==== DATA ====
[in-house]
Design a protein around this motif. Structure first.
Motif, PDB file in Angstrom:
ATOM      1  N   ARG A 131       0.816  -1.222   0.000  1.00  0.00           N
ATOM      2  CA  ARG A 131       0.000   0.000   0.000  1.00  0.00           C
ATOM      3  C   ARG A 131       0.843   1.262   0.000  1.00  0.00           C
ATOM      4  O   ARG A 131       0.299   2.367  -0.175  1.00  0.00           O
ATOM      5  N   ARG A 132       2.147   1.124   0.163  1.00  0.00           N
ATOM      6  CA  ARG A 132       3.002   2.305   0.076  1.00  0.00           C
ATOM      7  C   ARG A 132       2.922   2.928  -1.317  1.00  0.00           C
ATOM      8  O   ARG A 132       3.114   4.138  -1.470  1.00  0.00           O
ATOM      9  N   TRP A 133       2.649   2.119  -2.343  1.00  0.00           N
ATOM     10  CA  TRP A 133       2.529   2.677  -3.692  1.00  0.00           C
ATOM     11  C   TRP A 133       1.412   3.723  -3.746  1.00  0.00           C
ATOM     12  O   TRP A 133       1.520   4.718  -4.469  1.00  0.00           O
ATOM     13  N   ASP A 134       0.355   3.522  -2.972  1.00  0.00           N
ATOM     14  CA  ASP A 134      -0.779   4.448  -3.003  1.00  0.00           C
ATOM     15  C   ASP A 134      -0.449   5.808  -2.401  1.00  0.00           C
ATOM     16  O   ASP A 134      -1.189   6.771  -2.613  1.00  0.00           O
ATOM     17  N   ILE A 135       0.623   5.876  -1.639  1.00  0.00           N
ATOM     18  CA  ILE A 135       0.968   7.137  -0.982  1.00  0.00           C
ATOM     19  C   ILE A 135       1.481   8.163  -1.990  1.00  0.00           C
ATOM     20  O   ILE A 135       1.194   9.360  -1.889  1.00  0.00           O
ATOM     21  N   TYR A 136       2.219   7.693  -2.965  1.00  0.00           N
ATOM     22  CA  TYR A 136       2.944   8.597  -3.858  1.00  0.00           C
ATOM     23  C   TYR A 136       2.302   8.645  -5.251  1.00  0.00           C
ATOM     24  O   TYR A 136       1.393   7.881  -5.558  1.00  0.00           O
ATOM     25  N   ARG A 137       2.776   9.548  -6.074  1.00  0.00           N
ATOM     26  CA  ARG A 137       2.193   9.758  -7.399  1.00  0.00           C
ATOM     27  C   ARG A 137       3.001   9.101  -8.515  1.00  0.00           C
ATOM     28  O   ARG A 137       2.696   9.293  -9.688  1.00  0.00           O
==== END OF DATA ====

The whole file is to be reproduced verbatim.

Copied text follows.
[in-house]
Design a protein around this motif. Structure first.
Motif, PDB file in Angstrom:
ATOM      1  N   ARG A 131       0.816  -1.222   0.000  1.00  0.00           N
ATOM      2  CA  ARG A 131       0.000   0.000   0.000  1.00  0.00           C
ATOM      3  C   ARG A 131       0.843   1.262   0.000  1.00  0.00           C
ATOM      4  O   ARG A 131       0.299   2.367  -0.175  1.00  0.00           O
ATOM      5  N   ARG A 132       2.147   1.124   0.163  1.00  0.00           N
ATOM      6  CA  ARG A 132       3.002   2.305   0.076  1.00  0.00           C
ATOM      7  C   ARG A 132       2.922   2.928  -1.317  1.00  0.00           C
ATOM      8  O   ARG A 132       3.114   4.138  -1.470  1.00  0.00           O
ATOM      9  N   TRP A 133       2.649   2.119  -2.343  1.00  0.00           N
ATOM     10  CA  TRP A 133       2.529   2.677  -3.692  1.00  0.00           C
ATOM     11  C   TRP A 133       1.412   3.723  -3.746  1.00  0.00           C
ATOM     12  O   TRP A 133       1.520   4.718  -4.469  1.00  0.00           O
ATOM     13  N   ASP A 134       0.355   3.522  -2.972  1.00  0.00           N
ATOM     14  CA  ASP A 134      -0.779   4.448  -3.003  1.00  0.00           C
ATOM     15  C   ASP A 134      -0.449   5.808  -2.401  1.00  0.00           C
ATOM     16  O   ASP A 134      -1.189   6.771  -2.613  1.00  0.00           O
ATOM     17  N   ILE A 135       0.623   5.876  -1.639  1.00  0.00           N
ATOM     18  CA  ILE A 135       0.968   7.137  -0.982  1.00  0.00           C
ATOM     19  C   ILE A 135       1.481   8.163  -1.990  1.00  0.00           C
ATOM     20  O   ILE A 135       1.194   9.360  -1.889  1.00  0.00           O
ATOM     21  N   TYR A 136       2.219   7.693  -2.965  1.00  0.00           N
ATOM     22  CA  TYR A 136       2.944   8.597  -3.858  1.00  0.00           C
ATOM     23  C   TYR A 136       2.302   8.645  -5.251  1.00  0.00           C
ATOM     24  O   TYR A 136       1.393   7.881  -5.558  1.00  0.00           O
ATOM     25  N   ARG A 137       2.776   9.548  -6.074  1.00  0.00           N
ATOM     26  CA  ARG A 137       2.193   9.758  -7.399  1.00  0.00           C
ATOM     27  C   ARG A 137       3.001   9.101  -8.515  1.00  0.00           C
ATOM     28  O   ARG A 137       2.696   9.293  -9.688  1.00  0.00           O